AMD looks for fix during rough year

The next several weeks could dictate whether significant changes are required to get the company back on track and well positioned against Intel.

It doesn't take long to fall from grace in Silicon Valley.

Advanced Micro Devices is hurtling toward what could be another disappointing period as the second quarter draws to a close next week. Wall Street expects the company to have lost 84 cents per share for the June quarter on $1.26 billion, up 4 percent from the same quarter a year ago. That compares with a loss of $611 million or $1.11 per share in the first quarter and a net profit of $88 million or 18 cents per share in the second quarter of 2006.

AMD needs a fix, and fast. A $2.2 billion debt offering will help keep the lights on in Sunnyvale, Calif., and Austin, Texas--the chipmaker's primary U.S. locations--as some financial analysts had been worried about AMD's cash-flow situation. The company is pinning its near-term hopes on Barcelona, a quad-core server chip that AMD hopes will allow it to shore up the eroding prices of its server chips, the source of most of its pain this year.

But is Barcelona, which is expected sometime in the third quarter, a Band-Aid or a tourniquet? The company's problems could be broader in scope and more than one good product launch can fix.

"AMD really needs to round out their product portfolio," said Jim McGregor, an analyst with In-Stat. "If not, a lot of the market share gains they made they are going to give back. They've got a critical 12 months ahead of them."

Intel is expected to keep the pressure on with server price cuts around the time of Barcelona's arrival. The new realities of chip pricing could force AMD to re-examine its manufacturing strategy. And its ambitious project to integrate the PC processor and the graphics processor is years away from fruition.

An AMD representative said the company will have more to share about its future road map and its near-term plans for becoming profitable once again. The company will report its second-quarter results in July and hold an analyst day shortly thereafter, he said.

Intel offensive
AMD's current mess starts with tough competition from chip king Intel. A price war initiated by Intel last year, ostensibly to clear out older products ahead of the Intel Core launch, has persisted into 2007, as AMD has grappled with the market's response to Intel's quad-core server chips launched in late 2006.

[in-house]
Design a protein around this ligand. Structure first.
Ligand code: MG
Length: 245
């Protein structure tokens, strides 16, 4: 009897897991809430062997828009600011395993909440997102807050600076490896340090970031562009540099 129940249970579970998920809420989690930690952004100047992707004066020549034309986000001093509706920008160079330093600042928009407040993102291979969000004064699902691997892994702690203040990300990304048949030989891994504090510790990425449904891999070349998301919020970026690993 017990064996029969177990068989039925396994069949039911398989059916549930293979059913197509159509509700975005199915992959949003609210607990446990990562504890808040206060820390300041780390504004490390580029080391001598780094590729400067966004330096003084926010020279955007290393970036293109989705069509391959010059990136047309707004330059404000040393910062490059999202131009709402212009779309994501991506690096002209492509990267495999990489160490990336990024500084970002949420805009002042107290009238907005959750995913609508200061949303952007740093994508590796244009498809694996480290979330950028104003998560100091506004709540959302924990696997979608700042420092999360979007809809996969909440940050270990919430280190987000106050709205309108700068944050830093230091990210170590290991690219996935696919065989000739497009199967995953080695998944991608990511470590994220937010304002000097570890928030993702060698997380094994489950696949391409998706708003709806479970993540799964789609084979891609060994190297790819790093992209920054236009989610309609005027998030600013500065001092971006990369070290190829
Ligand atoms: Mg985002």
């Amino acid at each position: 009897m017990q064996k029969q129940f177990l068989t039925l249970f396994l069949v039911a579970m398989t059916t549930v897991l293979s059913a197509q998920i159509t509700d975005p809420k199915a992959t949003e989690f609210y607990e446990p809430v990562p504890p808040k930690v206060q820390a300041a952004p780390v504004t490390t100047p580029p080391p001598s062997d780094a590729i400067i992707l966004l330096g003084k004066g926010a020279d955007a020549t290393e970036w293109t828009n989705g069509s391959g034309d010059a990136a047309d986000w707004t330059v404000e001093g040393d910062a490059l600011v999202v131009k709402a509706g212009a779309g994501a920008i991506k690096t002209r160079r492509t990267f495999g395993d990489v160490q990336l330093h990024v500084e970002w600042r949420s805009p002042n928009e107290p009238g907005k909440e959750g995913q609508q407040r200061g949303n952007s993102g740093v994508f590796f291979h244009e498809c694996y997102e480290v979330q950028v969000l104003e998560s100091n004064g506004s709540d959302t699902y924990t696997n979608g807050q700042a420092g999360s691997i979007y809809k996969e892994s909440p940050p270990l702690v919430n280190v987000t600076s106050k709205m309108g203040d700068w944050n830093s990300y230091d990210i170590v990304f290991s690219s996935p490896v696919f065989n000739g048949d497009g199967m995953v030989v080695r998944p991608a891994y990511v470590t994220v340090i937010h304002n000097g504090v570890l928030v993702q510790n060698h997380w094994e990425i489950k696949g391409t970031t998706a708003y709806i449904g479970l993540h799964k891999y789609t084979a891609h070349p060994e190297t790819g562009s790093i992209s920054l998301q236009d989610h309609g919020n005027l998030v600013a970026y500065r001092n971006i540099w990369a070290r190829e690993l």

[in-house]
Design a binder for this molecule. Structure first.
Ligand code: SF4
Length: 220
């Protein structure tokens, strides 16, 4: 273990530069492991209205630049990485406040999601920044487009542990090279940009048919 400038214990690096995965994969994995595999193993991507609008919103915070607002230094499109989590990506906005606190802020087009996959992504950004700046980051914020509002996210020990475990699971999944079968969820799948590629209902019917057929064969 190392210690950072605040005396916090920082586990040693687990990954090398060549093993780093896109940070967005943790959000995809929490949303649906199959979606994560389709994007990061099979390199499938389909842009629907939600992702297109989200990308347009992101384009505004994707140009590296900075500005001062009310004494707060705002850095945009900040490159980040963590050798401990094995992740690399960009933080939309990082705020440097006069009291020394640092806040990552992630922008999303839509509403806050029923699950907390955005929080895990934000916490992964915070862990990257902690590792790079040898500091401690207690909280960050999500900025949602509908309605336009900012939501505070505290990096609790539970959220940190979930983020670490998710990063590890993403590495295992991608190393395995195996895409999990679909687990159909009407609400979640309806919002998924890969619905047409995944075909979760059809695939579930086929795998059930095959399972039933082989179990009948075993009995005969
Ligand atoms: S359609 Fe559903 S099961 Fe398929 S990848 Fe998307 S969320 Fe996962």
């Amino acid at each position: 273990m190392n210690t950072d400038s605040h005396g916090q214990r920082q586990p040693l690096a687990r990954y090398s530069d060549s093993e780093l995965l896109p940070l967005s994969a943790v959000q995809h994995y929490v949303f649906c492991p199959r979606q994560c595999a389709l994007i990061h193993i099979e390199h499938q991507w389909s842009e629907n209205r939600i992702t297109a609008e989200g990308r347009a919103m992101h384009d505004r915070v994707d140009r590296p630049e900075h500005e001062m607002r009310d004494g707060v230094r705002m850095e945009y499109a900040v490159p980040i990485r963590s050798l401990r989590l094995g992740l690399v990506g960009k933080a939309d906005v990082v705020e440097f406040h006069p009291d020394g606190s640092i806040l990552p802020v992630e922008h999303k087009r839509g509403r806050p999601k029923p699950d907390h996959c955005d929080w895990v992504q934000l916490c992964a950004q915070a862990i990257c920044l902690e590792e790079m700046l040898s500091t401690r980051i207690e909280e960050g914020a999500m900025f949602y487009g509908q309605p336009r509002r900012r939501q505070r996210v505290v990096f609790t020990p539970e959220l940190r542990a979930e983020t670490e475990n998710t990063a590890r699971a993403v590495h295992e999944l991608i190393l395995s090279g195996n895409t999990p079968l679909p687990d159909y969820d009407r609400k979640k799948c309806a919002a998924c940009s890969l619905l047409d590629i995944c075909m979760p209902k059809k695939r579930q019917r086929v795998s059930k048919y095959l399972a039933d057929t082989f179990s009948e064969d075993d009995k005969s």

But Intel chose a quicker route to four cores by building server chips with two dual-core chips together in the same package. AMD, on the other hand, chose a more complicated design in which all four cores live on the same piece of silicon. The company believes this will deliver a performance advantage over Intel's approach because all the cores can communicate directly with their neighbors.

And supply-chain problems made it even harder for AMD to compete as the calendar turned from 2006 to 2007. The company was already in the process of aggressively discounting its processors when it was forced into even steeper discounts when one of its customers, believed to be Dell, left it stranded with a bunch of unsold chips.

Analysts believe that Barcelona will likely outperform Intel's Clovertown generation of quad-core chips from 2006. The problem for AMD is that Intel is preparing to launch a second generation of quad-core server chips in the fourth quarter of this year. While it's too early to ascertain the performance of those processors, they will likely be extremely competitive with Barcelona, and expected price cuts on the older Clovertown processors will give Intel's customers two options for quad-core technology.

Plus, Intel's plan for 2008 is to mimic the design characteristics that made AMD's Opteron chip a winner. The Nehalem generation of processors will come with integrated memory controllers and point-to-point interconnects, design characteristics that allowed AMD to enjoy a significant performance advantage from 2003 until last year.

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